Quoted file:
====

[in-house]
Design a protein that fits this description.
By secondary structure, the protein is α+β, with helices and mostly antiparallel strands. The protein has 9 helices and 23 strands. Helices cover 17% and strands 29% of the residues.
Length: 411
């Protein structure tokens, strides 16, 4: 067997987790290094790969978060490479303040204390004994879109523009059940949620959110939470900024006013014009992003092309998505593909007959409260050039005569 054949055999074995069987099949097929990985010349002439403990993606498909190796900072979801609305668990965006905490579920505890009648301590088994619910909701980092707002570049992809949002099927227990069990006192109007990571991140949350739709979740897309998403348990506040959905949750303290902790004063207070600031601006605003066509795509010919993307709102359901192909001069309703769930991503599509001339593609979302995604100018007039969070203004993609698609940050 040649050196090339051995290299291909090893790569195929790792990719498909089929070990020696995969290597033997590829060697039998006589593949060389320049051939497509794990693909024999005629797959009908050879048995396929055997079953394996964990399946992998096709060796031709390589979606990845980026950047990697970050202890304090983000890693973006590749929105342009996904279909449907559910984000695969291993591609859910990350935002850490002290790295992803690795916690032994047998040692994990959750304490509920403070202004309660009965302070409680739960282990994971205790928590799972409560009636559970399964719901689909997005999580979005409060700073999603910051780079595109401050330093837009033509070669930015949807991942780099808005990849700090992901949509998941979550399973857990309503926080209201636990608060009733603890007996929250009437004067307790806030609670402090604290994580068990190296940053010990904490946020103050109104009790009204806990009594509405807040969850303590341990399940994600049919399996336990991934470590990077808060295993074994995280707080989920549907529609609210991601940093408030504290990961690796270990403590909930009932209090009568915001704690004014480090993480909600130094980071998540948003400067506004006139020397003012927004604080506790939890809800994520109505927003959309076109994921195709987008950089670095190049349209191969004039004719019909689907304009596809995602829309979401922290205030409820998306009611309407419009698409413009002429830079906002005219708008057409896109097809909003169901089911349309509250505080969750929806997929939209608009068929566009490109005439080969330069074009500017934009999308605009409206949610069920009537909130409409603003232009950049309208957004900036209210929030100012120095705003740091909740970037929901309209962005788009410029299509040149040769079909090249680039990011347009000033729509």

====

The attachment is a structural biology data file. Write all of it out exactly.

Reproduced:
[in-house]
Design a protein that fits this description.
By secondary structure, the protein is α+β, with helices and mostly antiparallel strands. The protein has 9 helices and 23 strands. Helices cover 17% and strands 29% of the residues.
Length: 411
């Protein structure tokens, strides 16, 4: 067997987790290094790969978060490479303040204390004994879109523009059940949620959110939470900024006013014009992003092309998505593909007959409260050039005569 054949055999074995069987099949097929990985010349002439403990993606498909190796900072979801609305668990965006905490579920505890009648301590088994619910909701980092707002570049992809949002099927227990069990006192109007990571991140949350739709979740897309998403348990506040959905949750303290902790004063207070600031601006605003066509795509010919993307709102359901192909001069309703769930991503599509001339593609979302995604100018007039969070203004993609698609940050 040649050196090339051995290299291909090893790569195929790792990719498909089929070990020696995969290597033997590829060697039998006589593949060389320049051939497509794990693909024999005629797959009908050879048995396929055997079953394996964990399946992998096709060796031709390589979606990845980026950047990697970050202890304090983000890693973006590749929105342009996904279909449907559910984000695969291993591609859910990350935002850490002290790295992803690795916690032994047998040692994990959750304490509920403070202004309660009965302070409680739960282990994971205790928590799972409560009636559970399964719901689909997005999580979005409060700073999603910051780079595109401050330093837009033509070669930015949807991942780099808005990849700090992901949509998941979550399973857990309503926080209201636990608060009733603890007996929250009437004067307790806030609670402090604290994580068990190296940053010990904490946020103050109104009790009204806990009594509405807040969850303590341990399940994600049919399996336990991934470590990077808060295993074994995280707080989920549907529609609210991601940093408030504290990961690796270990403590909930009932209090009568915001704690004014480090993480909600130094980071998540948003400067506004006139020397003012927004604080506790939890809800994520109505927003959309076109994921195709987008950089670095190049349209191969004039004719019909689907304009596809995602829309979401922290205030409820998306009611309407419009698409413009002429830079906002005219708008057409896109097809909003169901089911349309509250505080969750929806997929939209608009068929566009490109005439080969330069074009500017934009999308605009409206949610069920009537909130409409603003232009950049309208957004900036209210929030100012120095705003740091909740970037929901309209962005788009410029299509040149040769079909090249680039990011347009000033729509």